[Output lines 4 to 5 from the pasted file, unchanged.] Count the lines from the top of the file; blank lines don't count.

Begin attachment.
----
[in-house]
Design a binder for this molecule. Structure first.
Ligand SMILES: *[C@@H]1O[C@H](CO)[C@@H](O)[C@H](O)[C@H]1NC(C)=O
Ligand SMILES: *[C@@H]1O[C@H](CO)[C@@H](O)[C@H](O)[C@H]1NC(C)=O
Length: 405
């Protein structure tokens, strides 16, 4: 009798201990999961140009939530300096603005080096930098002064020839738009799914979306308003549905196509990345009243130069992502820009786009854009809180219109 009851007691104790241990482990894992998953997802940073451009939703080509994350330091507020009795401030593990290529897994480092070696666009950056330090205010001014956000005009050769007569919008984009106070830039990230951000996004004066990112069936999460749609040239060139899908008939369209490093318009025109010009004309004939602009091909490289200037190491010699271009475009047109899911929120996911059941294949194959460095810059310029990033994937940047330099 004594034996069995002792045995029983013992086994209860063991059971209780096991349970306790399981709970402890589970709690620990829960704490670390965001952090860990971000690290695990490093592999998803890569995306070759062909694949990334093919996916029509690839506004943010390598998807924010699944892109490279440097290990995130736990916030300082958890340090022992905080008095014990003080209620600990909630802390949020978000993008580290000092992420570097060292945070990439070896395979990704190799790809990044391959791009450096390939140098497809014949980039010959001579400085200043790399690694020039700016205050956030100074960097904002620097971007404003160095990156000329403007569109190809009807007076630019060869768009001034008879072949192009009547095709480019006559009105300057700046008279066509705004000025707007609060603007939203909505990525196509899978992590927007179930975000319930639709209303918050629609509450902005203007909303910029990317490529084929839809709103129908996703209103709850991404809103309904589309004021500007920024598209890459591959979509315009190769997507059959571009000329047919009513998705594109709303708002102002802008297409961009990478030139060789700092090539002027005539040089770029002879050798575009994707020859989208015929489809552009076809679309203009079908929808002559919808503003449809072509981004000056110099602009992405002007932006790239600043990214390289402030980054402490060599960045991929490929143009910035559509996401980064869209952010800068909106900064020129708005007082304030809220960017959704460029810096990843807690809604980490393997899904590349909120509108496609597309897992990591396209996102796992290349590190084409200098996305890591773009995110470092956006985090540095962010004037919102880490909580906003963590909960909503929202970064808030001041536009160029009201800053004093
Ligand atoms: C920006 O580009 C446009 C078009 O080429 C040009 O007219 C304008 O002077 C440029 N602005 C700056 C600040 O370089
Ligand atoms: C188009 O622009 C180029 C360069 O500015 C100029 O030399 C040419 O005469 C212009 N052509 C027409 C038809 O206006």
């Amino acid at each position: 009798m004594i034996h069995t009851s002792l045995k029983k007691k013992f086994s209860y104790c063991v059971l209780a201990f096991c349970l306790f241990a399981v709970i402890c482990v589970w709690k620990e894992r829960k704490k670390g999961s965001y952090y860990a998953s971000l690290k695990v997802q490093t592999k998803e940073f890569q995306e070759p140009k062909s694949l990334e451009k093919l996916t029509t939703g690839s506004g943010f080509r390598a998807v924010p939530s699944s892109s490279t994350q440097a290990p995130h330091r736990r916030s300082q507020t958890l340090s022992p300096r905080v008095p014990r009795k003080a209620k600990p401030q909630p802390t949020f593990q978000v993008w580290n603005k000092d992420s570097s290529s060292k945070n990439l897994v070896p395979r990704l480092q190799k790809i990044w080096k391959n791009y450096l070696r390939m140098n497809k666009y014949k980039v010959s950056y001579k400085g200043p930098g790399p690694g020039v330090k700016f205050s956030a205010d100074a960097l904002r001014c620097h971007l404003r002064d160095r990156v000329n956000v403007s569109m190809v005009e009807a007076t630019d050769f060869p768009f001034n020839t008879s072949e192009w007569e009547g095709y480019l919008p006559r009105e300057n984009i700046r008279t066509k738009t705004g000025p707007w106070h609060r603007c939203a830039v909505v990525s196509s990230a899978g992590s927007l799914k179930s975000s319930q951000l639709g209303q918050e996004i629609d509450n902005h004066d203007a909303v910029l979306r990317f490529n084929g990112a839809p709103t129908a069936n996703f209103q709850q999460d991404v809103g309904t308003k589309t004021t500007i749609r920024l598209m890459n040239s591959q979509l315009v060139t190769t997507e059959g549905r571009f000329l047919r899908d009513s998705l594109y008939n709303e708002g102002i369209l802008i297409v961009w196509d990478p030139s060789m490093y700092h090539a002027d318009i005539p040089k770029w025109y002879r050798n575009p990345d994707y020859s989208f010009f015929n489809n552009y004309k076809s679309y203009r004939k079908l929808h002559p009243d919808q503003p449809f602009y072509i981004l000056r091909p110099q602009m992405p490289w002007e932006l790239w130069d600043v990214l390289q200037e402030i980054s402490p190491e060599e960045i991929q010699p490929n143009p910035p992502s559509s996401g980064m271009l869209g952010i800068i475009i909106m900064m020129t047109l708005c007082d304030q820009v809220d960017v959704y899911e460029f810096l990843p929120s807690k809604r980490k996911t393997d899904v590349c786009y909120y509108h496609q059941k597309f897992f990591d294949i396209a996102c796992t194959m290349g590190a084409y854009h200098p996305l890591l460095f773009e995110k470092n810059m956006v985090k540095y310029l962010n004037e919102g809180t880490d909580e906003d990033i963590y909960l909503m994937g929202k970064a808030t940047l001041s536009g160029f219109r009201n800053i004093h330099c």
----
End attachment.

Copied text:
Ligand SMILES: *[C@@H]1O[C@H](CO)[C@@H](O)[C@H](O)[C@H]1NC(C)=O
Length: 405